Redford says he won’t move to Ireland,
or so they were saying in this morning’s news. I guess Glenn Beckwon’t be sending him there yet.
Redford claims he never said he’d move to Ireland, but this BBC news article contradicts that,
In the run up to the US presidential election last week, Hollywood veteran Robert Redford was asked what he would do were George W Bush to be reinstalled in the White House for four more years.
“I’ll probably be in England, no Ireland,” said Redford. Visiting or living asked the BBC reporter? “Living,” replied the Oscar-winning actor.
Must be that the Sundance business is doing too well to leave behind, vis-a-vis the tax breaks in Ireland. Even the Restoration Hardware guy’s joining the fun: Restoration Hardware founder leaves to head Redford firm. The politics are thriving, at least. Or are they?
There was much applause from the audience of 1,300, even as most everyone present understood that this premier American film festival already goes at its unifying mission as if it were a lone blue trout trapped in a vast red fish tank.
Liberal sentiments are no guarantee of successful filmmaking, as was exemplified by “Trudell,” a gaseous documentary about the radical poet-philosopher at the hub of American Indian activism for three decades.
Dr. David Yeagley questions Redford’s politics:
Is Robert Redford different from any other Hollywood liberal? His politics don’t appear to be distinguished from the most radical Leftist in Los Angeles. Is there some other unique notoriety about Redford that exempts him from criticism, or gives a free pass to use the Indian name “sundance” to validate his anti-American views?
Dr. Yeagley in a prior post states,
Redford himself has produced not a single Indian script or film. The Sundance Institute does not produce either, for anyone. The Institute is a brief, professional educational opportunity for those accepted, for those who have already completed their work, but want finishing touches, i.e., to make acquaintances with those who can “produce” their work. There is no stipend involved. One is provided a hotel room for a short duration of tutelage under professionals.
The Sundance offers misleading impressions about it’s “work” for Indians. Under “Programs,” one finds a “Native American” category. Yet, to apply, one submits his entry to the general application, for a decision from the board. Bird Runningwater, who heads the “Native American Initiative,” has no say in who is awarded a stipend-less fellowship to come to the Institute. The Institute looks like is has an Indian program, but it really doesn’t. They may as well have a Lithuanian Initiative, a Somalian Initiative, and have a token representitive, like Runningwater. Apparently Runningwater is the sole salaried beneficiary of the Institute. Yes, the Institute offers a giant step forward for Indiankind. Indeed. There is simply no special effort for Indians. The Institute offers only a fraudulent impression of interest.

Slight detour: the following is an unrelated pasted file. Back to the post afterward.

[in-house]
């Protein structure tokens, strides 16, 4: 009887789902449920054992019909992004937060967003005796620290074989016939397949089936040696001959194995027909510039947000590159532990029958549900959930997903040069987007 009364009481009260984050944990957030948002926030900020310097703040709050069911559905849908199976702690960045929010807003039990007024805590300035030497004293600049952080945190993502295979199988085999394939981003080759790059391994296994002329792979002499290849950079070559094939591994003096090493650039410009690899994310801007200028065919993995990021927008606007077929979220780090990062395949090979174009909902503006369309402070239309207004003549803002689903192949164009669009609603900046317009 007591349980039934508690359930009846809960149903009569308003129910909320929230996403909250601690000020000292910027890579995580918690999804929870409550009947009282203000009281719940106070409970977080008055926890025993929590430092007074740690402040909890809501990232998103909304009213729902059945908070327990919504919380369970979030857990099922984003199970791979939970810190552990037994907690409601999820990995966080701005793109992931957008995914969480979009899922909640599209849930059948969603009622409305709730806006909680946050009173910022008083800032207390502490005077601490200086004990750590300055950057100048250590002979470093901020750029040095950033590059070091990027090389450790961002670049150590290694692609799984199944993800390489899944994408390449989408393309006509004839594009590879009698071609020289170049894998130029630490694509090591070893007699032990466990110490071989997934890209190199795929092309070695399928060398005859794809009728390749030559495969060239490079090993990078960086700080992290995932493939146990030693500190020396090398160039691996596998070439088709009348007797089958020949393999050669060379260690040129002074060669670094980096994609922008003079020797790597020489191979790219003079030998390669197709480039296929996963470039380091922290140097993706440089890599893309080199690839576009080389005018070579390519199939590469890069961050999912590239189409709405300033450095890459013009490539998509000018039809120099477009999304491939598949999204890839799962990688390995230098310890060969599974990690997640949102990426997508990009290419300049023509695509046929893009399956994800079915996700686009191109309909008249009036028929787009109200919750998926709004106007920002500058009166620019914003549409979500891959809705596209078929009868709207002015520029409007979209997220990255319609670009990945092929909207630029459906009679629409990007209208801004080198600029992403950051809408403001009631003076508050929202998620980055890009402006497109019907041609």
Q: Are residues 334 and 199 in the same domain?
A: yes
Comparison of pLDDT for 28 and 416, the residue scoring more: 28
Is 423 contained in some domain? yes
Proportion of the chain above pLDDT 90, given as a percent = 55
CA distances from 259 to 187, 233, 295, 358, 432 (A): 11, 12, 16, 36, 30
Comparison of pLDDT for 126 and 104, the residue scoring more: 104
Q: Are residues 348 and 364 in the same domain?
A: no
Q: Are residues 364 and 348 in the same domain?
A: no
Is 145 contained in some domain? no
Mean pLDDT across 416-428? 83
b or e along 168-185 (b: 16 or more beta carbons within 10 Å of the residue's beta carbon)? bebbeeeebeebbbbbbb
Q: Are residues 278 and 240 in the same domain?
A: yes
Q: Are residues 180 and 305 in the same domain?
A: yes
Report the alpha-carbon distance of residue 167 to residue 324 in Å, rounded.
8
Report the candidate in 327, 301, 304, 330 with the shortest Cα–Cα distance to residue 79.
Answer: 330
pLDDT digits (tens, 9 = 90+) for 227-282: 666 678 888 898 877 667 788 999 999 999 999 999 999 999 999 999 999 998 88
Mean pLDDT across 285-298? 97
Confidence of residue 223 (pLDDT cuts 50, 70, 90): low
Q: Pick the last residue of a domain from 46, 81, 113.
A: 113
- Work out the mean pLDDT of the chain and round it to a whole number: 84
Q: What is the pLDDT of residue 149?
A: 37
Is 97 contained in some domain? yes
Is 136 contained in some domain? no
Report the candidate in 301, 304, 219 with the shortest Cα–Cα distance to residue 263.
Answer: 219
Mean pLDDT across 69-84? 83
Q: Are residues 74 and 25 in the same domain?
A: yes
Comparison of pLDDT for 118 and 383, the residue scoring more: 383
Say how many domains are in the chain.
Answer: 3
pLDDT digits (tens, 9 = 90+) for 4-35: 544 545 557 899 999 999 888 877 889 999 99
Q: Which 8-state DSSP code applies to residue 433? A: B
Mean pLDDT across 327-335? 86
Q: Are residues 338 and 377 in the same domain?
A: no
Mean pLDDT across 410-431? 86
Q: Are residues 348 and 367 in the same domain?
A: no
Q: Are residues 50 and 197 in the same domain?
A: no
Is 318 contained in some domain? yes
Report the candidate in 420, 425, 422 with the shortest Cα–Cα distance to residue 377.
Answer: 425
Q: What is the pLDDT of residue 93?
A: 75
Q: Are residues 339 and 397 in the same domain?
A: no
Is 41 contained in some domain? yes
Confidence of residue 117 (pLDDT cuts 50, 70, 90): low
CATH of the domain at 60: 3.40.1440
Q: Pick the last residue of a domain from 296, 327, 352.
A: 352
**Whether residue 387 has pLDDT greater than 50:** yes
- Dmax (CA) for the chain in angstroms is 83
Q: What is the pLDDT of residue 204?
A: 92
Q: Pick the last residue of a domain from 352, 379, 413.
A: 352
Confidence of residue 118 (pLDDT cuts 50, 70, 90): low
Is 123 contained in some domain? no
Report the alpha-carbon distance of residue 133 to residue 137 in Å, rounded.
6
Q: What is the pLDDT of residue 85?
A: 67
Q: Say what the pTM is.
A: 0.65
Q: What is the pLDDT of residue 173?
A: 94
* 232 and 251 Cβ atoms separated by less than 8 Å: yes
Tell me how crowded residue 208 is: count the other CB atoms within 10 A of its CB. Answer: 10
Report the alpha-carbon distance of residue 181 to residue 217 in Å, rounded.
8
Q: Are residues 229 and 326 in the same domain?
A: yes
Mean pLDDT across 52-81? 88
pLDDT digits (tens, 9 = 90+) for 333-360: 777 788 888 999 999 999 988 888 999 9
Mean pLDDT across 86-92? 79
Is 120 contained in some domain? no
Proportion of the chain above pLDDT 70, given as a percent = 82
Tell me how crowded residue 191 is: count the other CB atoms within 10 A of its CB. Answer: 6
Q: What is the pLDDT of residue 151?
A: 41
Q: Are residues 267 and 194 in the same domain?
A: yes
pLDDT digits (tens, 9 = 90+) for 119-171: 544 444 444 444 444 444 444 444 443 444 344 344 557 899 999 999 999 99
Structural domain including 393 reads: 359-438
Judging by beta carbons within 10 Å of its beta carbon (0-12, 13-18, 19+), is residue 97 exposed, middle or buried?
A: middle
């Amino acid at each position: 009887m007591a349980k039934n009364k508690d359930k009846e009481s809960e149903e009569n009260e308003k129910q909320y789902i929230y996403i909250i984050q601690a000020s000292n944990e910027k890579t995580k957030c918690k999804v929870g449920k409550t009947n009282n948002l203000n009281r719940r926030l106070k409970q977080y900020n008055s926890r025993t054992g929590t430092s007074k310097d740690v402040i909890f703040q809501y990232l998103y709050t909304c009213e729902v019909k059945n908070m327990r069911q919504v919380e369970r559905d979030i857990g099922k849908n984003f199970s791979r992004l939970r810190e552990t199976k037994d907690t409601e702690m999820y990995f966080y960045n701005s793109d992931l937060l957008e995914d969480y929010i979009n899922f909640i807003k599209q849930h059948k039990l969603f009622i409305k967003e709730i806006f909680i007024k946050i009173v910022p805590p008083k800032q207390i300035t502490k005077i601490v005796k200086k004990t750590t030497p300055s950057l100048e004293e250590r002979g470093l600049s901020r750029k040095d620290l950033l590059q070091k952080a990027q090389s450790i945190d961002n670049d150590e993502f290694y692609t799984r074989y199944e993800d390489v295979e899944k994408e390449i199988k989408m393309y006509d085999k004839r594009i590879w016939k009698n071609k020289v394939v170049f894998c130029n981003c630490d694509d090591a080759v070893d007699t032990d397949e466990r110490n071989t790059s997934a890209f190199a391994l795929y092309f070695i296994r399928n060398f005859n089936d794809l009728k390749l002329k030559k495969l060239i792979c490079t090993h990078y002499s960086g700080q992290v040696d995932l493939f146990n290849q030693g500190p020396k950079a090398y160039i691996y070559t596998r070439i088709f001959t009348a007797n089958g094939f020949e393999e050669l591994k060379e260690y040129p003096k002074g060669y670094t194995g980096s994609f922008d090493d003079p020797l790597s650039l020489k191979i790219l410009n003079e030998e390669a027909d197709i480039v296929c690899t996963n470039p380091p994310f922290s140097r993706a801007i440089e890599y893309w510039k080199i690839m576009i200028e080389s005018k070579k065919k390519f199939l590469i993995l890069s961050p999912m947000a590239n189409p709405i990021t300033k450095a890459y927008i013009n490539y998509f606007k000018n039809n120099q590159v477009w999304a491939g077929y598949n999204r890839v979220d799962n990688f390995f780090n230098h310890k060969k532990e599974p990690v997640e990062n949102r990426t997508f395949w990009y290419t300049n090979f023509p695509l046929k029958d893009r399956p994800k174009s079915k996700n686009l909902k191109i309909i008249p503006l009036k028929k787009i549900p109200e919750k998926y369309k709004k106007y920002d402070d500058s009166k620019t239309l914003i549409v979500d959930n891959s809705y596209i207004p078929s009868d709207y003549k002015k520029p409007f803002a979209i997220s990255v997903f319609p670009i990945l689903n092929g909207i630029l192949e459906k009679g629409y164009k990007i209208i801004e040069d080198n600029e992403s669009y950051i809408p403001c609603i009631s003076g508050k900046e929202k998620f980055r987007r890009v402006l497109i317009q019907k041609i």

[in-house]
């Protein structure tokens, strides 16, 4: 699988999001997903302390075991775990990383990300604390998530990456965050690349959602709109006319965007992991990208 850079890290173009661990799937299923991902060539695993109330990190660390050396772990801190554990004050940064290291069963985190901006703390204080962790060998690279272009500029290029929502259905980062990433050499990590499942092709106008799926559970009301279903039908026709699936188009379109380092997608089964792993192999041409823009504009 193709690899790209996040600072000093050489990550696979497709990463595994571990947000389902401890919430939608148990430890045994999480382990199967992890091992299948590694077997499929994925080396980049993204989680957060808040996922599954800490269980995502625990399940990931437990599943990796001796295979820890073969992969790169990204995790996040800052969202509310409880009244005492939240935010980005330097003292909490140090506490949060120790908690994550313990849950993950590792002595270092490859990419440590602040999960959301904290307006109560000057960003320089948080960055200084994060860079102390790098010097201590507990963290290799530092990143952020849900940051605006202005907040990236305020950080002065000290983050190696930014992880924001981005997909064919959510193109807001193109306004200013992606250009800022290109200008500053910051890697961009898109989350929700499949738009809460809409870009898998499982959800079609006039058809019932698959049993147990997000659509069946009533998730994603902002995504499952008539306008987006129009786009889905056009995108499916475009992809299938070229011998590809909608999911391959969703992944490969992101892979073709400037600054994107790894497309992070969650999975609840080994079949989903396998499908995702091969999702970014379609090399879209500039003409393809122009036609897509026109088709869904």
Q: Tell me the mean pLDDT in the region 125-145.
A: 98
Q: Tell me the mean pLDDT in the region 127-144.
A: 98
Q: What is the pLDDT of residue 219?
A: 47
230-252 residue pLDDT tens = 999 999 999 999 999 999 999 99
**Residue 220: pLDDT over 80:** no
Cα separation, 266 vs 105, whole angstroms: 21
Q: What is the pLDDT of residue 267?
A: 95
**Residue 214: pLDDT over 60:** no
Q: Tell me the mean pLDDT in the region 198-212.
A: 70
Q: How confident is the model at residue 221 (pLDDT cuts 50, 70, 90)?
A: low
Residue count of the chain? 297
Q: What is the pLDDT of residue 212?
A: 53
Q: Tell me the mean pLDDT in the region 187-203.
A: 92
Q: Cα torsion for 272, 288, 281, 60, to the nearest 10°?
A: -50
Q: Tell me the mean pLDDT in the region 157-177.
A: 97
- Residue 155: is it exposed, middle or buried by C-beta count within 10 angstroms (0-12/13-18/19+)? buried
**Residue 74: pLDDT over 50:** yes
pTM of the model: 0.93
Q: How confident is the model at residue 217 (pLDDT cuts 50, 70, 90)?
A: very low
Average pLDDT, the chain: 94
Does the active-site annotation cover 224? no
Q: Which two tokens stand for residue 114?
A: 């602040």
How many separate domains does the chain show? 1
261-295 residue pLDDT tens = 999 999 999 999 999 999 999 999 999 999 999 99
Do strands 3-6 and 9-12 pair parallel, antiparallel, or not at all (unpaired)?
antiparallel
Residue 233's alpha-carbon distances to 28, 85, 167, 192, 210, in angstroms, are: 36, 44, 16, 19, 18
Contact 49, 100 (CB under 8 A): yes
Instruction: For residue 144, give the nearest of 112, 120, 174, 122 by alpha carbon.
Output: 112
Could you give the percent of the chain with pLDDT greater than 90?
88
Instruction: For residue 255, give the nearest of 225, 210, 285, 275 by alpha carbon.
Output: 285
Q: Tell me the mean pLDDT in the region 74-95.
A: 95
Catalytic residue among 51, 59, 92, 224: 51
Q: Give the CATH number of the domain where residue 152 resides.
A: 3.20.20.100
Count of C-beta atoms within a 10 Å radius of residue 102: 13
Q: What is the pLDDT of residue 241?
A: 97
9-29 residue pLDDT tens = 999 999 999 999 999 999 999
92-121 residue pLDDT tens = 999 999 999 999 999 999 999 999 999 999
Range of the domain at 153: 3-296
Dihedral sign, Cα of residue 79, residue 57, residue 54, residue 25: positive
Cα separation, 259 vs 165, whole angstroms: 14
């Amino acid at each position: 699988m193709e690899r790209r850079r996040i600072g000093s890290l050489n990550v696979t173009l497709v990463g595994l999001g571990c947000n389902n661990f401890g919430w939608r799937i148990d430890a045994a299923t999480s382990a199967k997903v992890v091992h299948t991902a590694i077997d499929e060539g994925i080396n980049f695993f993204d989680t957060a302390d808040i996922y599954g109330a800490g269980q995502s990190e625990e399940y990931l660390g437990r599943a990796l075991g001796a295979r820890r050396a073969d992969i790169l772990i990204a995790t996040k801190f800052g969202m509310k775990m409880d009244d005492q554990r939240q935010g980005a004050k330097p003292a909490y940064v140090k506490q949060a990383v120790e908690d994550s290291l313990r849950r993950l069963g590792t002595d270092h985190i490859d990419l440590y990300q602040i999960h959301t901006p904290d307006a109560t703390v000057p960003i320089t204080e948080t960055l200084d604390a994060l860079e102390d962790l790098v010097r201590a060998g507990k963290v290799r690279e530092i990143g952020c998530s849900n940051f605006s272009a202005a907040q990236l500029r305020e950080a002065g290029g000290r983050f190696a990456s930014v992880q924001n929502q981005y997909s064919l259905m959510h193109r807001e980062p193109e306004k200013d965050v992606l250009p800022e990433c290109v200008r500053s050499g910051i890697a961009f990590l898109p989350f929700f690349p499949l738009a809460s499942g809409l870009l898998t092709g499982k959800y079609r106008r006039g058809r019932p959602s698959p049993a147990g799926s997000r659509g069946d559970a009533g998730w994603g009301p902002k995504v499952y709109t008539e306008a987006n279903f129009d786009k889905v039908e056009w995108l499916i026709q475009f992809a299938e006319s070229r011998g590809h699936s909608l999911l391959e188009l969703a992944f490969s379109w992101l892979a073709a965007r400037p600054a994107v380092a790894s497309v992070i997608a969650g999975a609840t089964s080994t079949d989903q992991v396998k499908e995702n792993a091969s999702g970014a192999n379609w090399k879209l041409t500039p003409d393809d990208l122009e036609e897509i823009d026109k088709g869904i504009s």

The Institute lists a few Indians “who have gone on to have their feature films produce,” and they include Greg Sarris (Federated Coast Miwok), writer/producer of GRAND AVENUE; Chris Eyre (Cheyenne/Arapaho), director/producer of SMOKE SIGNALS, SKINS and SKINWALKERS; Shirley Cheechoo (James Bay Cree), screenwriter/director/producer of BEAR WALKER; Randy Redroad (Cherokee), screenwriter/director/producer of THE DOE BOY; and Sherman Alexie (Spokane/Coeur d’Alene), screenwriter/director/producer of THE BUSINESS OF FANCYDANCING. Was this because they ‘did time’ at Sundance Institute? Is there any connection at all? “Gone on…” is the key phrase there. They were essentially already “there.” The institute’s influence for Indians is miniscule.
And how many Indians do attend the Institute? How many “fellowships” have been given? Is there a quota, a racial agitation clause, like every Leftist institution has? Forty Indian writers and directors have attended in the last twenty-three years. That’s two a year, average. Sounds like a pretty low quota for an Institute with an Indian name, and a special “Native American” program
Learn about Dr. Yeagley’s efforts to reclaim the Sundance.